While there will be plenty of puffing in Denver today, there will also be plenty of police officers on patrol. Consuming cannabis in public is still illegal in Colorado and carries a misdemeanor citation (or worse, if you’re under 21), but one local attorney is offering free legal representation for those who disagree.
Browsing: Say what?
Dear Stoner: Can someone host parties at their home and sell their friends cannabis products? Could the hostess also deliver those products if her friends couldn’t drive?
There’s no shortage of online recipes and techniques for infusing butters and oils with cannabis, but today’s consumers often want to take things a step further. No longer satisfied with space cakes and brownies, some potheads want a more elegant edibles experience. Unfortunately, infusing complex dishes and drinks that aren’t heavy in fat can be difficult, as THC bonds to fat molecules.
So some of Denver’s best chefs and mixologists teamed up with Stillwater Brands, a company that specializes in powdered CBD and THC distillate, to create dank and delicious recipes as 4/20 nears. The tasteless Ripple powder is made to mix in with food and drinks in various doses, making your cannabis kitchen adventures much easier — and impressive — than they used to be.
Unless you’re a knowledgable comedy fan or watched a lot of Cheap Seatson ESPN Classic during the early 2000s, you may not recognize the Sklar brothers by name. But their faces and voices are a different story. The hilarious twins have made audiences around the country laugh with their unique, harmonious act while appearing in shows like Entourage, Better Call Saul and Curb Your Enthusiasm. Now, they’re showing off their stuff in an audio documentary.
In their new special on Audible, Sklars and Stripes, Randy and Jason Sklar visit ten different cities on tour with the help of HQ Trivia’s Scott Rogowsky, recording standup bits and traveling experiences along the way. The six-hour special includes more than forty minutes in Denver and Boulder, where the Sklars visited local landmarks like Casa Bonita, Comedy Works and Ballpark Holistic Dispensary.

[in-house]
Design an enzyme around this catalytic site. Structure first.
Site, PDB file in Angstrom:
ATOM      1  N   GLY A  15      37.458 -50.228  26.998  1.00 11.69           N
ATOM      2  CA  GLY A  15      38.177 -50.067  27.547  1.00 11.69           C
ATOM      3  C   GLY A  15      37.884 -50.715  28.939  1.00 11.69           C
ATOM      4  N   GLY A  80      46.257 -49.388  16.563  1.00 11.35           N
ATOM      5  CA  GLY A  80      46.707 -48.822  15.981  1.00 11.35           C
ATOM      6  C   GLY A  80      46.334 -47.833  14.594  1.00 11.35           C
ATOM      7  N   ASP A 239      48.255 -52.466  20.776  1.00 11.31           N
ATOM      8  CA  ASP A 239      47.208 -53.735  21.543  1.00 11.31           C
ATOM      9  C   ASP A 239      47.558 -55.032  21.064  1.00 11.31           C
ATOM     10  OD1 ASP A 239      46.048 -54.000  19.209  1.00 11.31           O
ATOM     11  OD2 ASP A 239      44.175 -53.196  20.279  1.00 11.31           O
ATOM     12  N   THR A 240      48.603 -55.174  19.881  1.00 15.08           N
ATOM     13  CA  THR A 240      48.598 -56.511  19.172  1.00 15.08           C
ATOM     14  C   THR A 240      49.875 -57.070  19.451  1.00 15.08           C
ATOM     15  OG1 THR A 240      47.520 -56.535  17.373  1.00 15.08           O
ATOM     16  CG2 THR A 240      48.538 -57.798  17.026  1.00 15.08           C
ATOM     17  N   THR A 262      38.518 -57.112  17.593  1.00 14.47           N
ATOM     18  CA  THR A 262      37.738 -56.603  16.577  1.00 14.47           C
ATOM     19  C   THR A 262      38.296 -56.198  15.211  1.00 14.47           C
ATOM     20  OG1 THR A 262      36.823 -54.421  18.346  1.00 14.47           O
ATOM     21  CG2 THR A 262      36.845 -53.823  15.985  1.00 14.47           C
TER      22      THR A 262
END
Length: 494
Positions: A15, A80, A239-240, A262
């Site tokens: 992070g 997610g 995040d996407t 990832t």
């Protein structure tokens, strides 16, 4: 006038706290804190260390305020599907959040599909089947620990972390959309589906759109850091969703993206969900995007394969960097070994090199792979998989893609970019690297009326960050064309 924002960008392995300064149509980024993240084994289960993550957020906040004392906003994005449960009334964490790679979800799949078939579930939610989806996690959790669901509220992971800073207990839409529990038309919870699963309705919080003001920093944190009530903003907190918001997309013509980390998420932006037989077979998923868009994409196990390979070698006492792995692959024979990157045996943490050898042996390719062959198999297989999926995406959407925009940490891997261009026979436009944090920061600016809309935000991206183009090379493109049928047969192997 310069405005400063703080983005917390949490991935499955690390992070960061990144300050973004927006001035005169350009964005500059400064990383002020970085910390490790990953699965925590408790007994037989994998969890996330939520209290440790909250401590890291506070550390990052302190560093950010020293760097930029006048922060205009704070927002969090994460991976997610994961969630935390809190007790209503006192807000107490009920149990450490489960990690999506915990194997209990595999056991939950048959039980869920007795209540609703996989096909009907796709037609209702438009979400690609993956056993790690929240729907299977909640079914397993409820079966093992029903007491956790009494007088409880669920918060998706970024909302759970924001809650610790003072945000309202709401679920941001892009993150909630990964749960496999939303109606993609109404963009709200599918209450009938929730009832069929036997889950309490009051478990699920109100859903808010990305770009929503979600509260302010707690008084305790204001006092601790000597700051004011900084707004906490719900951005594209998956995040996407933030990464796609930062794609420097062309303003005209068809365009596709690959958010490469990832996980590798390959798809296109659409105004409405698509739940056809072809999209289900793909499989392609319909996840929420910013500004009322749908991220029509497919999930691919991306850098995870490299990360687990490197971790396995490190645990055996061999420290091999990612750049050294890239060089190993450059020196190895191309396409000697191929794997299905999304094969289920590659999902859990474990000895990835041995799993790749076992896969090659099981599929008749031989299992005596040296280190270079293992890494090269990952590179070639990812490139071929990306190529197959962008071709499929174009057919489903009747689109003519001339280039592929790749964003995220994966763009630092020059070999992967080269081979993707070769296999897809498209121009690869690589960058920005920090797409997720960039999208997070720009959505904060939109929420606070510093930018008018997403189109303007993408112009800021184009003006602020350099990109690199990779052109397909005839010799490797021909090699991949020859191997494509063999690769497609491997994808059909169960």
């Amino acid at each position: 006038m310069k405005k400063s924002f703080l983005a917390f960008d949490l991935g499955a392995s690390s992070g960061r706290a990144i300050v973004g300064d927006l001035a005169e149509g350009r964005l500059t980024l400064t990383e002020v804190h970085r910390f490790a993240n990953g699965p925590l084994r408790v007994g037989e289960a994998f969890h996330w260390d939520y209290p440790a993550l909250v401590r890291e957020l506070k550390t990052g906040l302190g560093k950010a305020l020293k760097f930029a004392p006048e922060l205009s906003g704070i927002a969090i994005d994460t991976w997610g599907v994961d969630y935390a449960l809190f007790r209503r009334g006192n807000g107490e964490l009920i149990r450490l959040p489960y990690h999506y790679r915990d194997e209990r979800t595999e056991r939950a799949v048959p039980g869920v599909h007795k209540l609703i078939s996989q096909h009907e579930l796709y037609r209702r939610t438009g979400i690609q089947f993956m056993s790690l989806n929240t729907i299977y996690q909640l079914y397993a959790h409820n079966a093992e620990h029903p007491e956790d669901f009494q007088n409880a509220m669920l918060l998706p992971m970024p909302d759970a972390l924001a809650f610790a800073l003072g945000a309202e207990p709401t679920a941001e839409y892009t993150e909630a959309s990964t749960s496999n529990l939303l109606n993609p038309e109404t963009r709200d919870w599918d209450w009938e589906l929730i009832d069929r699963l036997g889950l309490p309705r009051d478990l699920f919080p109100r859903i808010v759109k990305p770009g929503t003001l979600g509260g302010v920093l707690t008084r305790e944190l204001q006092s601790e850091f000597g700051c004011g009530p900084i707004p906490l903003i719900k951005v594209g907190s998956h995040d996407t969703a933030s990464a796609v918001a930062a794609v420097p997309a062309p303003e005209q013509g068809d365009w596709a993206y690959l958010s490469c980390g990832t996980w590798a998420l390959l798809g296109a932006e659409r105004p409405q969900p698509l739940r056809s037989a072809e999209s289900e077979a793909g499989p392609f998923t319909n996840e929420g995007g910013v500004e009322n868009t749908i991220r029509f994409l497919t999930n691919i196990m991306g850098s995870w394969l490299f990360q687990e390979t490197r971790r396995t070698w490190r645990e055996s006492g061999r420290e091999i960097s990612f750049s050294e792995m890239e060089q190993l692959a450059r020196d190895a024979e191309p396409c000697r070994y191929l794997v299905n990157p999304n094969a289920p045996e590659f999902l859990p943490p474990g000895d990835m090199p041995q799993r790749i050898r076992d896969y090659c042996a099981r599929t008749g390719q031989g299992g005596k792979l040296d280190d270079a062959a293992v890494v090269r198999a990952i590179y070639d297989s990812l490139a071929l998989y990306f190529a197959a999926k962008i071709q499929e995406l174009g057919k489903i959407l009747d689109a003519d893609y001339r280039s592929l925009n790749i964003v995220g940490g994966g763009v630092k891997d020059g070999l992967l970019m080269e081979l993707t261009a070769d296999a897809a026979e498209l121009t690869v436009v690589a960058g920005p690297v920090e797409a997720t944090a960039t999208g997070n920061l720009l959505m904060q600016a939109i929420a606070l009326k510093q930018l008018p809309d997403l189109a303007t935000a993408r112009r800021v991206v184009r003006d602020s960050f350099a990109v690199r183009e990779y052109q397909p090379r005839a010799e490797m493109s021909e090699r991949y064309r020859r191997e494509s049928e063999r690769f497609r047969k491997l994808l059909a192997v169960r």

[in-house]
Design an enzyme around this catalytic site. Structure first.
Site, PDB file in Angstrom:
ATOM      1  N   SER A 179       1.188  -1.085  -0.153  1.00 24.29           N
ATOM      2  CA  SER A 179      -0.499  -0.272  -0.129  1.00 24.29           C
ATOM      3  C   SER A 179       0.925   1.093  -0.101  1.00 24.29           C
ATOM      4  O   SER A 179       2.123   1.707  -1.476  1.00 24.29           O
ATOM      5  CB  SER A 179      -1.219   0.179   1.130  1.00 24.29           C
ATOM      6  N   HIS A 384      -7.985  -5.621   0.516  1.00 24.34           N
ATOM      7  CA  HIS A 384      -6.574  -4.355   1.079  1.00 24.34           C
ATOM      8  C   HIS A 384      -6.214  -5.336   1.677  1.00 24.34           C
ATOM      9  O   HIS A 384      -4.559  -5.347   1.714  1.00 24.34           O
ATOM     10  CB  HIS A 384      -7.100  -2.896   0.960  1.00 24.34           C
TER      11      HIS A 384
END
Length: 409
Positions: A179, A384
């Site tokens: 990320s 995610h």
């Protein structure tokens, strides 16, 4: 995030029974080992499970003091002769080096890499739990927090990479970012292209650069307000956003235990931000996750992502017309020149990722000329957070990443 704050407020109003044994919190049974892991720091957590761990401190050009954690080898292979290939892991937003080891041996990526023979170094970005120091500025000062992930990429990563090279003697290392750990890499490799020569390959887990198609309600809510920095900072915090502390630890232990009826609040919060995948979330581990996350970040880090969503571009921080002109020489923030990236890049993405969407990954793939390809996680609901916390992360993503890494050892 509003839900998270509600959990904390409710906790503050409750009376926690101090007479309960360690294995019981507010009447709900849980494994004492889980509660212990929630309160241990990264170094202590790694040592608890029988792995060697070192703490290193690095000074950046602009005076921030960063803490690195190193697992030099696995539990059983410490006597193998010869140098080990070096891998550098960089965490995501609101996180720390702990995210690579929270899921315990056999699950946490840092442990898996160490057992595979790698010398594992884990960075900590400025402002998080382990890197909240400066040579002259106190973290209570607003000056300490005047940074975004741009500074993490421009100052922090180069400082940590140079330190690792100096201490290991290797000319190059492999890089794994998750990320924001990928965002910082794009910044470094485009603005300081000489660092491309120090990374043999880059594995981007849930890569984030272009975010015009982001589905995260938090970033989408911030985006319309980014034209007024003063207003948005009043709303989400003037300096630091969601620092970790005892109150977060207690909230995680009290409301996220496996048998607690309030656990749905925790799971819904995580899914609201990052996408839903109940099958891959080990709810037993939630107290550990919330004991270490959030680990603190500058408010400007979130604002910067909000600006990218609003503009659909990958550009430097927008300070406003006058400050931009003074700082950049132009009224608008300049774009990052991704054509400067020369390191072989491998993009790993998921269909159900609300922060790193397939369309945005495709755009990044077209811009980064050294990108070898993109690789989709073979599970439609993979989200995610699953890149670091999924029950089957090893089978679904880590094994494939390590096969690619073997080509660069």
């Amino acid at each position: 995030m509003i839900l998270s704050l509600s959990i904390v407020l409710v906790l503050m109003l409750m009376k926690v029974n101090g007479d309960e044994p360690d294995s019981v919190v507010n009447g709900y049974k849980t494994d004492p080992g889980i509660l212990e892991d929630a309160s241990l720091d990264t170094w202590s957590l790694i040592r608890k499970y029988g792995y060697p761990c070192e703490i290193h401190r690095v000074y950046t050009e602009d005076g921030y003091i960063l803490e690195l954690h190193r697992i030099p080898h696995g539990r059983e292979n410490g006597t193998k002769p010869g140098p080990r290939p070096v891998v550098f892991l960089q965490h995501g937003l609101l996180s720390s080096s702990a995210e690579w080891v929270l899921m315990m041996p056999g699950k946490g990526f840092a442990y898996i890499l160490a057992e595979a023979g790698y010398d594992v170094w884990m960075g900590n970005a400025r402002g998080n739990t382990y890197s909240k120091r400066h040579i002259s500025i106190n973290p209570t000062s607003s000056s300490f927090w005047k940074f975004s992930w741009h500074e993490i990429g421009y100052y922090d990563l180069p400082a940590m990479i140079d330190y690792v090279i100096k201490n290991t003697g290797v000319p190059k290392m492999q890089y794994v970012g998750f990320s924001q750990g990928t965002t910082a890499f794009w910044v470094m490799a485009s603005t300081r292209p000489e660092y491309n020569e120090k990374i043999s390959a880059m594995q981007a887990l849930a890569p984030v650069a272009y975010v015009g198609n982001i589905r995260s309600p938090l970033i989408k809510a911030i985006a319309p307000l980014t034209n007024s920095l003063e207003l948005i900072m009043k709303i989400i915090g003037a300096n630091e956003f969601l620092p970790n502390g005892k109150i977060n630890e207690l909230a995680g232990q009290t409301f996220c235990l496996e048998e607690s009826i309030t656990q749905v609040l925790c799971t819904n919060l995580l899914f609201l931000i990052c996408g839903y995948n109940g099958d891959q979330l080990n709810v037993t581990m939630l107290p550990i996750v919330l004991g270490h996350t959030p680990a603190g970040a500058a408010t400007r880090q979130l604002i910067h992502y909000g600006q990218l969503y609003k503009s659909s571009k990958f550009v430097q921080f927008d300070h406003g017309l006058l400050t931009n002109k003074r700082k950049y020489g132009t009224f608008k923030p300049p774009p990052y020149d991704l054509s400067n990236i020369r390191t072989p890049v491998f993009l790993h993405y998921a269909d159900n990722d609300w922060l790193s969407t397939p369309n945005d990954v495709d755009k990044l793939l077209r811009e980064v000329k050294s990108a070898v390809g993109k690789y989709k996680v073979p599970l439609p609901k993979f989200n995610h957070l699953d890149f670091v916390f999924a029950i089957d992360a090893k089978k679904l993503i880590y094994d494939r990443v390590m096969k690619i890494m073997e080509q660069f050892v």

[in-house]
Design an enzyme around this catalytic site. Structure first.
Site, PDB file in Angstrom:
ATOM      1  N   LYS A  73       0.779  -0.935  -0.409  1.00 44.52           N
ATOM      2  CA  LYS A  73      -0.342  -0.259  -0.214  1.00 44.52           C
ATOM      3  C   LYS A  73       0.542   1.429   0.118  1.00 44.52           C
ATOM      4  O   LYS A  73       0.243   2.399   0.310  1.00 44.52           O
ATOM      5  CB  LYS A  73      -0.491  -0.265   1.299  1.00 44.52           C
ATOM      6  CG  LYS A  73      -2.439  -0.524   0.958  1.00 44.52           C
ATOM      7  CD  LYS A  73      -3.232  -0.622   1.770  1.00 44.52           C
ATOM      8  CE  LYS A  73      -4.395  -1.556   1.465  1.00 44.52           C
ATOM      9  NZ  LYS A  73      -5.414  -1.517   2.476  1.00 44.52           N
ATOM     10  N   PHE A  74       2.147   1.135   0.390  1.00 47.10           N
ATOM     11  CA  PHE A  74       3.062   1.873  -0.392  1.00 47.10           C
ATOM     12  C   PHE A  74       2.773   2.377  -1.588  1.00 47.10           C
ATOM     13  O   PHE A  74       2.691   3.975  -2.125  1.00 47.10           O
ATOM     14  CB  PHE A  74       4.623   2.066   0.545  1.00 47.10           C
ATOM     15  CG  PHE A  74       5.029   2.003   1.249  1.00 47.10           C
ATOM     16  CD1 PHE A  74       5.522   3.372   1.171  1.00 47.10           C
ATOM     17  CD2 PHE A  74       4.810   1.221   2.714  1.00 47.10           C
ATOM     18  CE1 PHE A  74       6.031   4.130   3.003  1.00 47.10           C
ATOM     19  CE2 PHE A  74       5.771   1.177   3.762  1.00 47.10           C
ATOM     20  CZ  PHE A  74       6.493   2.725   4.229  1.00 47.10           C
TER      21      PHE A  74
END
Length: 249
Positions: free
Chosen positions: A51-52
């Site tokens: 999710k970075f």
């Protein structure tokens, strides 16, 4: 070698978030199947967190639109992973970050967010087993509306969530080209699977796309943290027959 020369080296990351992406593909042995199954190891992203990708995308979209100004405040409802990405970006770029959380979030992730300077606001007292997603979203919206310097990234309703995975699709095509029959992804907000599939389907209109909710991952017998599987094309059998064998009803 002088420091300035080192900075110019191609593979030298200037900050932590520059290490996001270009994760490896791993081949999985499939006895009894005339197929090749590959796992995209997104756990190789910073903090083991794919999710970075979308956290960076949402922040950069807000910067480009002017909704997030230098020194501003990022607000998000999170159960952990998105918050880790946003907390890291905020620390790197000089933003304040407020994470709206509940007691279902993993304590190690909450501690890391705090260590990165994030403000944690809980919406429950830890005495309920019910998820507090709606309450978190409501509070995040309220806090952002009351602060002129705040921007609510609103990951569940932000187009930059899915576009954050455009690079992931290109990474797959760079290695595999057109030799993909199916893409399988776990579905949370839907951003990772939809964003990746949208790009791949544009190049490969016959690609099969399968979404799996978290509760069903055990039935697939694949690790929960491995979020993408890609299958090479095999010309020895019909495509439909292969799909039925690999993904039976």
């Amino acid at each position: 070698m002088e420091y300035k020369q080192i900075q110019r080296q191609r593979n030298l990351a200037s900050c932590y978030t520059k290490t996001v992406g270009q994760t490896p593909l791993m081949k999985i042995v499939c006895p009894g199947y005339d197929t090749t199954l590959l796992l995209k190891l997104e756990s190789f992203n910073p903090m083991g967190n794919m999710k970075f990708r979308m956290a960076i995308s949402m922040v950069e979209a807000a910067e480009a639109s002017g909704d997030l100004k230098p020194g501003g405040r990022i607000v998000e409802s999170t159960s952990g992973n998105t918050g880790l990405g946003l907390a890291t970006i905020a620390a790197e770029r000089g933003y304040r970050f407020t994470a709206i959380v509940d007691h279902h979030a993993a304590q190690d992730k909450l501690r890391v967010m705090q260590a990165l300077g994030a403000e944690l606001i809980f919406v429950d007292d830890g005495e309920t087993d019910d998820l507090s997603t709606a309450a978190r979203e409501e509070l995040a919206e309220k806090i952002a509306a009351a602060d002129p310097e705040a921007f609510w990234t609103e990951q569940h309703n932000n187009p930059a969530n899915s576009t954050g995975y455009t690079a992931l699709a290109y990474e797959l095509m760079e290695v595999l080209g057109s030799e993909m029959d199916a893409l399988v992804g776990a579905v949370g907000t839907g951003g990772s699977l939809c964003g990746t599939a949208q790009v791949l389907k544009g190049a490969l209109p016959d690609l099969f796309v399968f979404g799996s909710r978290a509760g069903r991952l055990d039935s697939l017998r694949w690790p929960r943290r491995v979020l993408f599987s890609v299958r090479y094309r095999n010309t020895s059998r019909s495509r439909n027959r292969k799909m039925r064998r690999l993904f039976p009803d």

Cannabis enthusiasts aren’t top of mind when people think about scholarly go-getters, but the American Chemical Society doesn’t buy the stereotype. The nonprofit organization, which turns 141 years old today, April 6, founded its Cannabis Chemistry Subdivision in 2015. Now, it wants more brains to get in the mix.
Keith Villa was working at Coors Brewing in 1995 when he created an unfiltered, Belgian-style beer that became the inspiration for the Blue Moon Brewing Company, which got its start as a special division in Golden and soon spread to locations at Coors Field and then RiNo. When the brewmaster retired from what’s now MolsonCoors early this year, he hinted that he had a plan to create a new beverage with “cutting-edge” ingredients.
And now we know what those are: Villa and his wife, Jodi, have partnered with an established Colorado cannabis extraction lab to start Ceria Beverages, a new line of THC-infused drinks with the “same onset time as alcohol,” according to a press release announcing the company’s launch.
America’s history of being wrong-headed about cannabis is well-documented on a variety of platforms, but the funniest way to examine it today is on YouTube. Host to a wide range of entertaining lunacy, YouTube’s rabbit holes can lead down some weird paths, including flat-earth theories, ’80s hair metal or videos that end in some asshole yelling “WORLD STAR!”
One of my favorite dens of nostalgic stupidity is anti-marijuana commercials and public service announcements from yesteryear. While a few carry messages that make some sense, such as the dangers of youth use or smoking and driving, many of them carry the same Reefer Madness rhetoric we make fun of today. Don’t believe it? Check out these ten commercials and PSAs from past decades and see for yourself.
When President Donald Trump implemented the sweeping 2018 Tax Cuts and Jobs Act, most of America wasn’t concerned with how it’d affect the legal cannabis industry.
But a recent study from New Frontier Data, an analytics firm serving the legal cannabis industry, predicts legal pot would generate $105.6 billion in tax revenue over the next eight years and create 654,000 jobs under Trump’s tax overhaul — if it were legalized nationwide.